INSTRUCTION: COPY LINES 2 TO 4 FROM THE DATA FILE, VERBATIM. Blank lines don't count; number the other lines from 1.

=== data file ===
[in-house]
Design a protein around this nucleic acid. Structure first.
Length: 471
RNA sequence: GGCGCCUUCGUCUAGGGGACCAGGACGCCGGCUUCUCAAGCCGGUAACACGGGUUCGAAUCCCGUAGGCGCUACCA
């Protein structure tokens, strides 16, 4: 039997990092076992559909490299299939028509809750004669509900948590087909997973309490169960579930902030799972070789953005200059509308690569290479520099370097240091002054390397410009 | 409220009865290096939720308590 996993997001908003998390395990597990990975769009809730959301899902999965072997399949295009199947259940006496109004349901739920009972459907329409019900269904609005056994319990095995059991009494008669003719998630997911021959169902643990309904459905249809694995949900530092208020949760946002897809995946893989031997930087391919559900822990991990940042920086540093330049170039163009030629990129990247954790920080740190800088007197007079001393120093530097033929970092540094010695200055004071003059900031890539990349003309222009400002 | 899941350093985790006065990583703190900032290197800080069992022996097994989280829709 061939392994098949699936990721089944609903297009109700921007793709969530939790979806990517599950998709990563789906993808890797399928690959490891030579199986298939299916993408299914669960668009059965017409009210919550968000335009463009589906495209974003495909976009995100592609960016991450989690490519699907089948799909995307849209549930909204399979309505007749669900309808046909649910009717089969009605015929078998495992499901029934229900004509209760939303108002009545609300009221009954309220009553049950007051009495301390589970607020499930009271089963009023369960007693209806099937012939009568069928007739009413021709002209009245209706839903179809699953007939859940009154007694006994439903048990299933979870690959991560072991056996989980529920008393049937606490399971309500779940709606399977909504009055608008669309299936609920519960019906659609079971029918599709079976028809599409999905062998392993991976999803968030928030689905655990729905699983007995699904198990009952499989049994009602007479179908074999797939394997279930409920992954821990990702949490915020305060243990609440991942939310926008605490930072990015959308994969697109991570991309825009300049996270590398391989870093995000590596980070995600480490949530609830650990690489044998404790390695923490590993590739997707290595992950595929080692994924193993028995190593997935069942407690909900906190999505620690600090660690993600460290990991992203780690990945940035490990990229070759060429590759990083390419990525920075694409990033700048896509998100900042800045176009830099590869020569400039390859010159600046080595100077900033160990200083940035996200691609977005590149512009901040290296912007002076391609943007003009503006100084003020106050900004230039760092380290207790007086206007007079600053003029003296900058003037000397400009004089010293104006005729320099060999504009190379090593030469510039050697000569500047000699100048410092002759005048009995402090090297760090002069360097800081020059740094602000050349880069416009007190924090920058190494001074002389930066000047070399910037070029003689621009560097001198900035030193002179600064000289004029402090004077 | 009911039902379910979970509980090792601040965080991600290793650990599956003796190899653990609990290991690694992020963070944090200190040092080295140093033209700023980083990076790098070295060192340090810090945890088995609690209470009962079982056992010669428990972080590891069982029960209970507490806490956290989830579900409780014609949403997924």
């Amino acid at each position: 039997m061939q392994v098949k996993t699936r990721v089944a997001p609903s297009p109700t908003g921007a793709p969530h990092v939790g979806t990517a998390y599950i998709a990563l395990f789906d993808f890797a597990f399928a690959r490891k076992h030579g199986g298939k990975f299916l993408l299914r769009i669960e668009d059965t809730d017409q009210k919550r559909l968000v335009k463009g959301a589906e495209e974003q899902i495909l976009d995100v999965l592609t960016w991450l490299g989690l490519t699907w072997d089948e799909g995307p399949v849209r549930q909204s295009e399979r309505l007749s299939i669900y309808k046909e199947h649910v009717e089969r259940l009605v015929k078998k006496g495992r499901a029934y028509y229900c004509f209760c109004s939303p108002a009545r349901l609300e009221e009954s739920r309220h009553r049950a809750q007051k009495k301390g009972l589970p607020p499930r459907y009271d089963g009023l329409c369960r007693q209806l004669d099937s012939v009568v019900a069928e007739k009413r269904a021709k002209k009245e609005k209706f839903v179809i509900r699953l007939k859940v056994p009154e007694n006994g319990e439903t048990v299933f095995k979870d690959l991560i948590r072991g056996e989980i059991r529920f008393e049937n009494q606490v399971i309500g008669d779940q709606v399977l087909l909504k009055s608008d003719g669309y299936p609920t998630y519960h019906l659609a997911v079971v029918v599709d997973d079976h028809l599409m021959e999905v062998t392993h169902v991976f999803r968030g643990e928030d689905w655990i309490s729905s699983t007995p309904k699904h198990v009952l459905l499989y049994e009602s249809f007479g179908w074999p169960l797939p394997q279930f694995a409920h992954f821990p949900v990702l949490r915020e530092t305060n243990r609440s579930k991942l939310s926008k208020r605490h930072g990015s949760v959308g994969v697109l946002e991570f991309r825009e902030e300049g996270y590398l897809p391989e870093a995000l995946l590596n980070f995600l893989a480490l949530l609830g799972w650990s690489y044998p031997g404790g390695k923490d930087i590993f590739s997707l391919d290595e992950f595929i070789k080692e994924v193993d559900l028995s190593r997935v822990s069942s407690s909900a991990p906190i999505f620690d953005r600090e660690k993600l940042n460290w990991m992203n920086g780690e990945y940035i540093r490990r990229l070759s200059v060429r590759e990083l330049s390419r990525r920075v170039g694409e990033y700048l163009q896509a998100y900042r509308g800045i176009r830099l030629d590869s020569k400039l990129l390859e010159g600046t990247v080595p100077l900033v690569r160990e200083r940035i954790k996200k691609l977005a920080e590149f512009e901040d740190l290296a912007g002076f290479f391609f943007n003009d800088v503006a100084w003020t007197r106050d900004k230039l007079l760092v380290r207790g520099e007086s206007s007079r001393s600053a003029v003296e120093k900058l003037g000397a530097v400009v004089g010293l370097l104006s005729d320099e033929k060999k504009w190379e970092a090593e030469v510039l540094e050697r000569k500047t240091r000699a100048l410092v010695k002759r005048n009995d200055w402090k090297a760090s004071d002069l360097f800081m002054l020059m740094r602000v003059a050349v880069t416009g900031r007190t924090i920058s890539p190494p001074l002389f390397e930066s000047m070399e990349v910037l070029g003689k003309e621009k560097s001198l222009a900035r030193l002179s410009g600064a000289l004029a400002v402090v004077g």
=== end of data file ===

Design a protein around this nucleic acid. Structure first.
Length: 471
RNA sequence: GGCGCCUUCGUCUAGGGGACCAGGACGCCGGCUUCUCAAGCCGGUAACACGGGUUCGAAUCCCGUAGGCGCUACCA